BANGKOK -- Foreign chambers of commerce in Bangkok are feeling the pain of Apple, the U.S. tech company, as it gropes through Thailand's arcane bureaucracy in an effort to open its first flagship store in the capital.
Industry insiders say the project hinges on how many work visas the Thais will allow for Apple's foreign experts.
Interest first stirred when Apple placed job announcements for 13 positions late last year for the first store of its kind in Southeast Asia's second largest economy.
Some of these positions have confounded officials by using terms like "creative" and "genius," which are common in Apple parlance.
"The authorities are trying to find a way through, but the question is whether Apple stays on plan or leaves," said a foreign retail analyst.
Apple's fate is a test for the military government, which last month promulgated the National Competitive Enhancement Act for Targeted Industries. It wants to attract foreign investment in 10 existing and emerging high-tech industries that involve significant research and development. These include biotechnology, robotics, digital and smart devices, and logistics.
The policy is part of a broader plan, Thailand 4.0, to invigorate the country's flagging economy, which largely developed since the 1970s on the back of export-based, manufacturing industries and tourism.
The new carrots on offer include a limited number of "smart' visas for foreign experts needed for the Thailand 4.0 initiative.
"The process for foreign work visas and for foreign businesses to operate needs to be simplified," said Kobsak Pootrakul, a minister attached to the prime minister's office, at a seminar for foreign and Thai businessmen in April. He said the issue would be raised in May with the 11 government agencies involved in approving foreign work visas.
The renewed question of work visas comes as a reality check after Thailand recently got marked up in the World Bank's global Ease of Doing Business survey. The annual index ranked Thailand at 26 for 2017 compared to 46 in 2016.
There nevertheless remain significant obstacles to hiring foreign workers. Thai-owned companies and Thai-foreign joint ventures that do not have Board of Investment privileges must have two million baht (over $60,000) in paid-up capital for every foreign hire, and there need to be at least four local hires alongside. Apart from U.S. citizens with treaty privileges, foreigners may also not own more than 49% of a company in Thailand.
Such requirements are unlikely to appeal to foreign digital nomads and high-tech innovators, who generally carry their capital in their heads.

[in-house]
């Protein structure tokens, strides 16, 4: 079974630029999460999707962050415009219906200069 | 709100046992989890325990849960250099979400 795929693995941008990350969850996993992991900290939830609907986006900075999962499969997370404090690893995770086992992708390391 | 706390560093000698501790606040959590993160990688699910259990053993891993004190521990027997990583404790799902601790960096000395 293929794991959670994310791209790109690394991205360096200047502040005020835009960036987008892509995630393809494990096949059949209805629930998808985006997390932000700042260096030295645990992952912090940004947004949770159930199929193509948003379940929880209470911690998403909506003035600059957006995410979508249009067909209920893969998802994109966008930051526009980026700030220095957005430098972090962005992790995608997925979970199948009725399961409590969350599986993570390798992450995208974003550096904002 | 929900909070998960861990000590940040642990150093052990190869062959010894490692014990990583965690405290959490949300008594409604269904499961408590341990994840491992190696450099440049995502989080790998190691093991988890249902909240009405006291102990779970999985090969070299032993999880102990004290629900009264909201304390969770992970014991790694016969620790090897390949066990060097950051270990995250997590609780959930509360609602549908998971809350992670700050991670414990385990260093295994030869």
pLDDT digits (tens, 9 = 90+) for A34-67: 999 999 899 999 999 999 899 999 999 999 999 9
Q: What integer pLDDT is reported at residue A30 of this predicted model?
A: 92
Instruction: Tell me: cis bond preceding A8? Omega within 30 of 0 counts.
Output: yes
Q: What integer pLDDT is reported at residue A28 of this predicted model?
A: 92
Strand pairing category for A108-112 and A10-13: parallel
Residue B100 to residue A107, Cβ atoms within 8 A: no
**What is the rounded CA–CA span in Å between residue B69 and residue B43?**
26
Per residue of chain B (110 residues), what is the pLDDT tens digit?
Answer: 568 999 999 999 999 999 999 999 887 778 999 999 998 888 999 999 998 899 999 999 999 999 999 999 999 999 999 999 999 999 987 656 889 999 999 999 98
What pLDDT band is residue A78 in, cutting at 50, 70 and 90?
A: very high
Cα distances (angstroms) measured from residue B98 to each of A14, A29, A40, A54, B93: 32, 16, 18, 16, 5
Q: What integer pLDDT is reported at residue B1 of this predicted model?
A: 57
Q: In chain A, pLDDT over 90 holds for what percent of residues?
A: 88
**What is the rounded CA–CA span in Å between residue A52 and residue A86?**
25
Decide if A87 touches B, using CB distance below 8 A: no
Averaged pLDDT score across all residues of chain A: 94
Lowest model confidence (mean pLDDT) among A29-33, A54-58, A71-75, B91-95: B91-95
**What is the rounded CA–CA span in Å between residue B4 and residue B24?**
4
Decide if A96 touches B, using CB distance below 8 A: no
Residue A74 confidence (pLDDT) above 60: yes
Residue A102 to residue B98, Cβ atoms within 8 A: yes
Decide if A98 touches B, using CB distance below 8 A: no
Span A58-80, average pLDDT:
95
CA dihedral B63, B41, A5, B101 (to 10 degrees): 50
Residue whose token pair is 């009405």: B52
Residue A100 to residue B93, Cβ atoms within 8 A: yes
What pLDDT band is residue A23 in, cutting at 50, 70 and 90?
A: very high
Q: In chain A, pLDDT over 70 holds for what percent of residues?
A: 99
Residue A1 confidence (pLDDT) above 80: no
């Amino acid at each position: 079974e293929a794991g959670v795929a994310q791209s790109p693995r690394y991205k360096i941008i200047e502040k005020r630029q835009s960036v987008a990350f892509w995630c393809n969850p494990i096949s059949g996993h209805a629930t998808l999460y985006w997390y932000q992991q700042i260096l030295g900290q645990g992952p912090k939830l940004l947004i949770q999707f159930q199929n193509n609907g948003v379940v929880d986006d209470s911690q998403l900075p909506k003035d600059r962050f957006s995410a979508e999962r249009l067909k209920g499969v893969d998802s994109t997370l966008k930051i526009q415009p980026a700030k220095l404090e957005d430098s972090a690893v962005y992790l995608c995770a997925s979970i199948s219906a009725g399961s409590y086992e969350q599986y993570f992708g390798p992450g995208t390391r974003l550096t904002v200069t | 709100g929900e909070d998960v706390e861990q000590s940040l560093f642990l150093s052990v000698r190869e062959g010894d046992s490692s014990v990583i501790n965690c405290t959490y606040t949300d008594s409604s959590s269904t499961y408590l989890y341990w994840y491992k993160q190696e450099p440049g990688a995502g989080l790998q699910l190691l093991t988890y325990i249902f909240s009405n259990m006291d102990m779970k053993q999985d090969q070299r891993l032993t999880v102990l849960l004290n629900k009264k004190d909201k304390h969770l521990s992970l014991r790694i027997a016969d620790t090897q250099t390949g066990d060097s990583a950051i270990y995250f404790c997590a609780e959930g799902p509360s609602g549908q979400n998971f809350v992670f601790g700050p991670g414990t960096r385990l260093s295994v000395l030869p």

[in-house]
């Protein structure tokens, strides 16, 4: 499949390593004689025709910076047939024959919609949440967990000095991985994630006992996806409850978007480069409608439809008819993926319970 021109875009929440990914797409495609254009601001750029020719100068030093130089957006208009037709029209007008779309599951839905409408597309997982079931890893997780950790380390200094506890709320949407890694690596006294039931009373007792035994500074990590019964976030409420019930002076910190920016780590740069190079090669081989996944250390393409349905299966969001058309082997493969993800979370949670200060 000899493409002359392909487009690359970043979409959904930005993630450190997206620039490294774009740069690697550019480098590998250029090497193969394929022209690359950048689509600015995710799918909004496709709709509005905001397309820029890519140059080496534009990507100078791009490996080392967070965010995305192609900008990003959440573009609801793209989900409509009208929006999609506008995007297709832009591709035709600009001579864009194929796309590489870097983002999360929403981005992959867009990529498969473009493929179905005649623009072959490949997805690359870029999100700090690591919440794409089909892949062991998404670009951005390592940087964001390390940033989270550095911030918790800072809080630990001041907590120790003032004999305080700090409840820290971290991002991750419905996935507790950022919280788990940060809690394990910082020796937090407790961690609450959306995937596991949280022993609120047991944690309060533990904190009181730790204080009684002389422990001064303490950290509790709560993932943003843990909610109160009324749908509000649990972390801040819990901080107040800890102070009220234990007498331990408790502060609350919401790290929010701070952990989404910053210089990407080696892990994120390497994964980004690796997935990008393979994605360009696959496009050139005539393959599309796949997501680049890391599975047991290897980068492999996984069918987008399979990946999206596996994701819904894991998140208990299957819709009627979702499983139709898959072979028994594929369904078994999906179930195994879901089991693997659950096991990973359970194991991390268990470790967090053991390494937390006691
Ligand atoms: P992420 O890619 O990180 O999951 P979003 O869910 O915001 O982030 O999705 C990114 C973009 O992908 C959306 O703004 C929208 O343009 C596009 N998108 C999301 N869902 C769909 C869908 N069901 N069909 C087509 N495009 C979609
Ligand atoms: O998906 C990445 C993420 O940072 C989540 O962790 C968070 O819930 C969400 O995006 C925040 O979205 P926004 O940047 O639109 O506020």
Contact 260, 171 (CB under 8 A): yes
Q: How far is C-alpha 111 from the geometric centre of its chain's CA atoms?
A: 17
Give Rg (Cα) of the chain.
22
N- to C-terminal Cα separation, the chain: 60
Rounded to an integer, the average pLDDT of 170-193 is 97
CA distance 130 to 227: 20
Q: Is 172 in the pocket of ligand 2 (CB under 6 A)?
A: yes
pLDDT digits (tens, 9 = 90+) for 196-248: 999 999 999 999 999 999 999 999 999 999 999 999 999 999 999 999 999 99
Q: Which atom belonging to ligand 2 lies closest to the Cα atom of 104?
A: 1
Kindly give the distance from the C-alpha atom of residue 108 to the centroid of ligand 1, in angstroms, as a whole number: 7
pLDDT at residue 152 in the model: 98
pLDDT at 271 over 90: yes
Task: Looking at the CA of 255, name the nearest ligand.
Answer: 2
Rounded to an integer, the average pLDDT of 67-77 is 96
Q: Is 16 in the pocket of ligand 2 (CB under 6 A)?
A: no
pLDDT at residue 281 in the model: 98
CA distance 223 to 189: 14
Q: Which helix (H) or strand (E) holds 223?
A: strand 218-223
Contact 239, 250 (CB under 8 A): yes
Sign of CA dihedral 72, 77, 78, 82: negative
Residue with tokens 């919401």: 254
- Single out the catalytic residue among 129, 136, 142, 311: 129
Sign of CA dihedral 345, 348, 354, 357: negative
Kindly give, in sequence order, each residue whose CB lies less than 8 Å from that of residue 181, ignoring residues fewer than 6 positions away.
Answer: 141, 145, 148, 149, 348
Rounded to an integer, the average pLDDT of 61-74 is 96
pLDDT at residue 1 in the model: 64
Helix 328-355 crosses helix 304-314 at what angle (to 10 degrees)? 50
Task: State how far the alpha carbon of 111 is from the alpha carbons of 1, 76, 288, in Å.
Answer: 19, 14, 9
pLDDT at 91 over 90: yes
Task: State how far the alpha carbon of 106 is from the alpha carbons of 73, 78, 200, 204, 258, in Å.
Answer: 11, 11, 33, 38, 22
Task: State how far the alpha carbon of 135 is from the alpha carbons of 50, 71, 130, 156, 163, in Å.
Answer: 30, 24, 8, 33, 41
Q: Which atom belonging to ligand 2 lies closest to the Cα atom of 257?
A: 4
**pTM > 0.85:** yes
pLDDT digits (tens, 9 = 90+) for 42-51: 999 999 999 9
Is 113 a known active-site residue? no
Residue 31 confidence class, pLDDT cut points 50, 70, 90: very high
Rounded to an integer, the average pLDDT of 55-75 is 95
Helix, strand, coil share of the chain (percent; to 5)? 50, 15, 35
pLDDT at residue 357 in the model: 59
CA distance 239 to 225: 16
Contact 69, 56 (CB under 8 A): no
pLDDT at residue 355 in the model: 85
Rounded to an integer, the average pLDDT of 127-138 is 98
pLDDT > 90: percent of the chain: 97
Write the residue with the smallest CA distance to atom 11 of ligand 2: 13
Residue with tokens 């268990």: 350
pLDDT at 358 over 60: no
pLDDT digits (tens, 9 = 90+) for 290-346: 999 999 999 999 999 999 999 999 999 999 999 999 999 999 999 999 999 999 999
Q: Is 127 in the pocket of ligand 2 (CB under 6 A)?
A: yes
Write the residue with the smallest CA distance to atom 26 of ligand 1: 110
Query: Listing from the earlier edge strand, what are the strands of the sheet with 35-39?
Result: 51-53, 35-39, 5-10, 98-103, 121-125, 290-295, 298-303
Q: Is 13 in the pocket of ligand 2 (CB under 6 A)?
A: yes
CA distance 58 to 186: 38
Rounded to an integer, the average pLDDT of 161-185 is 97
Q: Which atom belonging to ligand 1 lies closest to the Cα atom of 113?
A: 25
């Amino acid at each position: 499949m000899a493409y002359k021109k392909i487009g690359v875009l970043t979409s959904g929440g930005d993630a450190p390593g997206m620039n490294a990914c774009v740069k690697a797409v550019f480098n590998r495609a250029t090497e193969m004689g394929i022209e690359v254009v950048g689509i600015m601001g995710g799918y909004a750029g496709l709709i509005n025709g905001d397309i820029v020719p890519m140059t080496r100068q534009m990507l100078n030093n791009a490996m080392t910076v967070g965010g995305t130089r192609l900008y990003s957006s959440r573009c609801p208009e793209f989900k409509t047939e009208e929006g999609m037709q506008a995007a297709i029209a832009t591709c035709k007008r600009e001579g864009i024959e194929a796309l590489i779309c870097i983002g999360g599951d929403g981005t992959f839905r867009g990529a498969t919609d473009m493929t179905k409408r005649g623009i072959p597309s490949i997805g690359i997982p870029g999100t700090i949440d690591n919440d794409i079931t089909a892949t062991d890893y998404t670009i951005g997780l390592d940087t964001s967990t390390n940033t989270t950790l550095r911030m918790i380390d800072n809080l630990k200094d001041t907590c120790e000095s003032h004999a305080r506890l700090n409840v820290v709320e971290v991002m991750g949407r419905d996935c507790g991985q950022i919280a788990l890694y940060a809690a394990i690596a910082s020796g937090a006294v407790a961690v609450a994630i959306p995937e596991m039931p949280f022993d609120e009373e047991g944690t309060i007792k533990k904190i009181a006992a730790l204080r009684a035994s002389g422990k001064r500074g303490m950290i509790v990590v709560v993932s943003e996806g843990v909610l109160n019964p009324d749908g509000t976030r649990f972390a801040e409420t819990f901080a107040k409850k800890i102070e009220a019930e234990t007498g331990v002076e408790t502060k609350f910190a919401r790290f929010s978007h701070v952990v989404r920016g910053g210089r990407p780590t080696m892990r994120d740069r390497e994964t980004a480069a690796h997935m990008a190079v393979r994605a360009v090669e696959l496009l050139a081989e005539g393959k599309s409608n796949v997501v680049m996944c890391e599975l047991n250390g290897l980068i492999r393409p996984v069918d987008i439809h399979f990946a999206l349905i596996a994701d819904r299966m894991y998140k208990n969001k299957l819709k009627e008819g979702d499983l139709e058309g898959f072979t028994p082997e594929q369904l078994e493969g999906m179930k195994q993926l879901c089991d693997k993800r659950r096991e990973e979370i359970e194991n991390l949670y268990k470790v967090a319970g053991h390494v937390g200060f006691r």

Any talk of more business-friendly visas strikes a chord with Bangkok's foreign business community. At present, most foreigners working in Thailand must renew their visas annually with in some cases 28 documents for the immigration department and another 20 for the labor department. Foreigners with one-year visas must also report their whereabouts to the immigration department every 90 days if they do not travel abroad.
Applications and renewals mutate into weighty dossiers ranging up to 150 pages once photocopies in triplicate have been factored in. Photographs with Thai colleagues must be included, as well as pictures outside the office with the company's name clearly visible.
Foreign executives of small and medium enterprises, which make up the bulk of companies employing foreigners, complain of "extreme" paperwork. One working for a trading company has turned up each time for the past eight years with 200 pages for his renewal.
The red tape does at least support a cottage industry of law firms, para-legal companies, and visa agencies that charge tidy sums for facilitating safe bureaucratic passage for foreign workers and their families.
Agents start lining up in the early morning hours for an official one-stop service queue number in a smart office block on the edge of Bangkok's central business district. It caters to foreign executives, and processes over 100 business visas daily.
Companies need to be in compliance with some 6,000 licenses and regulations to avoid violation problems. Even conferences that attract overseas chief executives and related foreign talent can run into trouble if visitors are found lacking the correct documentation. "It can be a dangerous place to have business meetings," said one former foreign chamber of commerce president.
According to Kobsak, the cabinet is considering a proposal to reduce the "license obstacles" from around 6,000 to 1,000. He described this move as a "regulatory guillotine." A similar approach has been adopted in South Korea and Vietnam to improve the foreign business environment. It remains to be seen if it will improve Thailand's chances of competing with regional rivals like Malaysia and Singapore.